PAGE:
In Buchanan’s biased view, America’s economic problems—real (stagnant incomes, slow growth) or imagined (trade deficits, income inequality, outsourcing)—are all the fault of Americans voluntarily trading with Asians. Insane domestic government policies have nothing to do with it. ObamaCare? Dodd-Frank? Sarbanes-Oxley? Federal deficits? The exploding growth of the regulatory welfare state over the past 15 years? America’s worst-in-the-industrialized-world corporate income tax? The government’s easy money, “affordable housing” crusade and the Great Recession those policies caused? Apparently, those and myriad other bad home-grown policies have nothing to do with our economic problems. It’s all the fault of trade between Americans and non-Americans.

I think NOT. Trade, whether it takes place within a town, across state borders, or across national boundaries, is inherently win-win between the individuals doing the trading. The idea that an American trading with a Chinese hurts America economically is absurd. How can a win for an individual American be bad for America? Just who is "America," anyway?

Worse still, Buchanan’s nationalistic policies are contrary to every fundamental principle of America. The underlying premise is collectivism, which holds that the group—in Buchanan’s case the “nation”—takes moral precedence over the individual. In Buchanan’s worldview, individual Americans don’t have the right to pursue their own happiness, if their pursuit involves trading freely with people living beyond our borders. “America”—i.e., the state—comes “first.” Actual Americans, apparently, come second. So much for the Declaration of Independence.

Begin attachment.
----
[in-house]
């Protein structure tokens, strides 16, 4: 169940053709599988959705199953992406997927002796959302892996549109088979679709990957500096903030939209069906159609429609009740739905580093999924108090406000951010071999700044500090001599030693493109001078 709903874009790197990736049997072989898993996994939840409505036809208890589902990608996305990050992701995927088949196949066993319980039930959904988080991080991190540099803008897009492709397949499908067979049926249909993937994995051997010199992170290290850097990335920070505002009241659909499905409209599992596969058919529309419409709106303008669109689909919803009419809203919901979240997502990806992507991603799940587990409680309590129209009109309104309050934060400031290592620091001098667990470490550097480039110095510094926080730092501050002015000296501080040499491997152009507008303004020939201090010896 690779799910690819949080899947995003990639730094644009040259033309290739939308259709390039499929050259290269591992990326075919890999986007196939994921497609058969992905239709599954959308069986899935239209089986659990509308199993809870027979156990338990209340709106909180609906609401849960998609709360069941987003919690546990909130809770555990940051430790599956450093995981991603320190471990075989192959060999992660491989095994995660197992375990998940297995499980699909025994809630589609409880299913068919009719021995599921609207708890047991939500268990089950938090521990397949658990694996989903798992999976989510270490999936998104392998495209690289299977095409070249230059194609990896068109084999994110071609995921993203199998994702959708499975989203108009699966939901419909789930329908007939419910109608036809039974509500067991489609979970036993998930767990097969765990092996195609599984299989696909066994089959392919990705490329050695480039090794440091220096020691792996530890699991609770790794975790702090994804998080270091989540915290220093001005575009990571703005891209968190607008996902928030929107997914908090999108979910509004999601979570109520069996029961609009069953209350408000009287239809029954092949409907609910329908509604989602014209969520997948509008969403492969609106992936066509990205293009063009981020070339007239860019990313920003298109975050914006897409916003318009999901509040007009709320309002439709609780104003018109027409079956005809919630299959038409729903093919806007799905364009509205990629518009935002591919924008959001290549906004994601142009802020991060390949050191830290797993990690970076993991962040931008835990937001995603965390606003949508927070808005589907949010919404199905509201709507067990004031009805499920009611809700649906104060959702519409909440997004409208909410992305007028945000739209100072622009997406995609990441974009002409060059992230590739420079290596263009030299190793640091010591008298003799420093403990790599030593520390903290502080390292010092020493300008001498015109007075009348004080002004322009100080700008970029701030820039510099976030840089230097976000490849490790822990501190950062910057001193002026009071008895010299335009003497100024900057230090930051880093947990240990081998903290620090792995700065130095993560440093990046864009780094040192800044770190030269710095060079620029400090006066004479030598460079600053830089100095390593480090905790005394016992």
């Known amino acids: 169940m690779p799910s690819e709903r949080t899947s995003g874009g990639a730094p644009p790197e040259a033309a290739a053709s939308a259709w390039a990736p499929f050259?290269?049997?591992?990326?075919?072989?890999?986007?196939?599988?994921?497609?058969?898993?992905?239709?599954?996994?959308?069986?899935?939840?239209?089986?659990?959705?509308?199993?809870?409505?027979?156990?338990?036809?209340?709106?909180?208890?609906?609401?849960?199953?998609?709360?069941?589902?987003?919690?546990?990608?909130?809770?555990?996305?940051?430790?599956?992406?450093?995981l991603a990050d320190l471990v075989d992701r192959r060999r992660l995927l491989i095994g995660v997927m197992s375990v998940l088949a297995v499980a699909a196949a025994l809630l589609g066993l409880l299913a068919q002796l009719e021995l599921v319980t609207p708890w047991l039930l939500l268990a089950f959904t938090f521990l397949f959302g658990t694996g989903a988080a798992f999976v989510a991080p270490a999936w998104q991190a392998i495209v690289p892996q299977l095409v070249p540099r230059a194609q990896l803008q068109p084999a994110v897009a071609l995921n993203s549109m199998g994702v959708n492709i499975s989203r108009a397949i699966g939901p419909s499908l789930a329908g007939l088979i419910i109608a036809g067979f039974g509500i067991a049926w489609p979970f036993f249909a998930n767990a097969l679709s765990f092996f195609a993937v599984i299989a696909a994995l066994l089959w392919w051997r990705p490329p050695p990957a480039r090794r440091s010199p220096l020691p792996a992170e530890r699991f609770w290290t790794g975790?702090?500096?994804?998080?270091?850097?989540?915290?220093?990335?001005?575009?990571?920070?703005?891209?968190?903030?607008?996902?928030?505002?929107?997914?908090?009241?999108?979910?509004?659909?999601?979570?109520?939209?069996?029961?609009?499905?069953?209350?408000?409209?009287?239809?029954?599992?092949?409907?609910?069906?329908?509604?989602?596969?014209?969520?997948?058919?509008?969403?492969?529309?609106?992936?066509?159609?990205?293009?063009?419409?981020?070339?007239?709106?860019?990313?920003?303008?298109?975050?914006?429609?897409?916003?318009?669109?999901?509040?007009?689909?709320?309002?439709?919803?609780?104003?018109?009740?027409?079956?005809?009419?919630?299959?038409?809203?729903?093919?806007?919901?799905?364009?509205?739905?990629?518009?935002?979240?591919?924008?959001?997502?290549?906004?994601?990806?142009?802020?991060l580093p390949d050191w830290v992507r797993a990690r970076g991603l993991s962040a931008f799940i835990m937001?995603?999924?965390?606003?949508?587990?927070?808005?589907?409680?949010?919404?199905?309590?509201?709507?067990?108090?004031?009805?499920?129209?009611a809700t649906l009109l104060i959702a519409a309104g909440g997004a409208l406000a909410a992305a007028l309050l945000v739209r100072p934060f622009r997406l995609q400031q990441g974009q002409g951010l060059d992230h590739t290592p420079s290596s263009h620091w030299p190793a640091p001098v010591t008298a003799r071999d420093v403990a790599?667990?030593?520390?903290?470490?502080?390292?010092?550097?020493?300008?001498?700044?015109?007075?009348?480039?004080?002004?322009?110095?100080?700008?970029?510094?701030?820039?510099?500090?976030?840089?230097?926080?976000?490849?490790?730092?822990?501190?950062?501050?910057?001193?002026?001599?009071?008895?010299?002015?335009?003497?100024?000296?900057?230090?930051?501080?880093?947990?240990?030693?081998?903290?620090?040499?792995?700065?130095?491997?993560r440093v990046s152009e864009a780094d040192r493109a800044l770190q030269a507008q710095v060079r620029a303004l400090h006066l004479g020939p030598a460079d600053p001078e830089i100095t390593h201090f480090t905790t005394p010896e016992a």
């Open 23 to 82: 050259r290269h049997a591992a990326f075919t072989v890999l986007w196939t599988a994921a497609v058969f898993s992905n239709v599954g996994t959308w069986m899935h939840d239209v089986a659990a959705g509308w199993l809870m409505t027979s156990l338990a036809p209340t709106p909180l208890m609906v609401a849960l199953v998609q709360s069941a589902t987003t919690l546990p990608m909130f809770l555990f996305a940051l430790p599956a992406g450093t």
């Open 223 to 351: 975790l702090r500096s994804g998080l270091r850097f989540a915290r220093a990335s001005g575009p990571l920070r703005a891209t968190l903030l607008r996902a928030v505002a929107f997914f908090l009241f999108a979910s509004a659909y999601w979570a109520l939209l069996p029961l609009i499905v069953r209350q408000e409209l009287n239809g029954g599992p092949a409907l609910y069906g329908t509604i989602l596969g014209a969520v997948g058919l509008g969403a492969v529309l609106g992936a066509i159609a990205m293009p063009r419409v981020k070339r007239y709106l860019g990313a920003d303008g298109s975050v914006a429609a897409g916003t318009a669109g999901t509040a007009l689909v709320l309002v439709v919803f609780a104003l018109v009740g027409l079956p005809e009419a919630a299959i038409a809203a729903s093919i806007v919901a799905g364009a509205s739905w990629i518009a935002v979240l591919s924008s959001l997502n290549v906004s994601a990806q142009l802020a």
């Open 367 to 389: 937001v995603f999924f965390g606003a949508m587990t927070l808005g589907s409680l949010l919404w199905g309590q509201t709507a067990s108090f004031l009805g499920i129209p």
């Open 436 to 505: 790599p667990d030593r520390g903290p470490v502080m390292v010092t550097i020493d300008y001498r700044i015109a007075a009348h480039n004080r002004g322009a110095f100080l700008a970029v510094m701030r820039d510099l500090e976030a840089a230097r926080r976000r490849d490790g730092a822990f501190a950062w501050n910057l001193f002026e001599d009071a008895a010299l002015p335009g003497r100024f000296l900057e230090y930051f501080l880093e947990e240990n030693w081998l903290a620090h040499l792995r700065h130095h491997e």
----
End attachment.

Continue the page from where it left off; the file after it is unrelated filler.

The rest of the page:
Aside from special circumstances—national security concerns, health risks, etc.—the right of individuals to trade freely with individuals from other countries is an inalienable right that governments should protect. The principle of free trade is quintessentially American and essential to liberty and peaceful coexistence. Granted, free trade agreements are complex. But in principle, the right policy for America to pursue is to expand free trade as much as possible.

Buchanan positions himself as “FROM THE RIGHT.” But that’s a hollow label. His nationalistic trade-killing policies are statist and collectivist. His call for “a trade policy that puts country before corporate profit, workers before Wall Street, and America first” and his class warfare nod to “income inequality” are straight out of the Left’s collectivist playbook. He’d make a great running mate for Elizabeth Warren.

Related Reading:



New Jersey's Stupid, Immoral 'Buy America' Bill

2 comments:

Mike Kevitt said...

Free trade agreements are complex? Maybe so. But what, briefly, are the complexities? (I don't need a doctoral dissertation on the subject.) Agreements between virtually free countries would be relatively simple. The more statism is involved, on one side or the other or both, the more 'complex' 'free trade' becomes.

Yes. I can figure it out for myself. But if anybody who already has a line (of knowledge) about it will help me get going on it, it would save me time and effort. Anyway, I'll start digging my own ground work. Whenever, or if, help comes, it'll still save me time and effort.

Michael A. LaFerrara said...

Trade agreements are complex because of the amount of statism that must be unwound, as you said. Also the number of countries involved (12) makes the TPP especially difficult.

The final trade pact Obama submits will not result in unfettered free trade. These pacts never do. If it results in freer trade, on balance, that will be a step in the right direction, and be worth supporting. My final opinion on the matter will depend on the analysis of more knowledgable people whom I trust, such as Steve Forbes.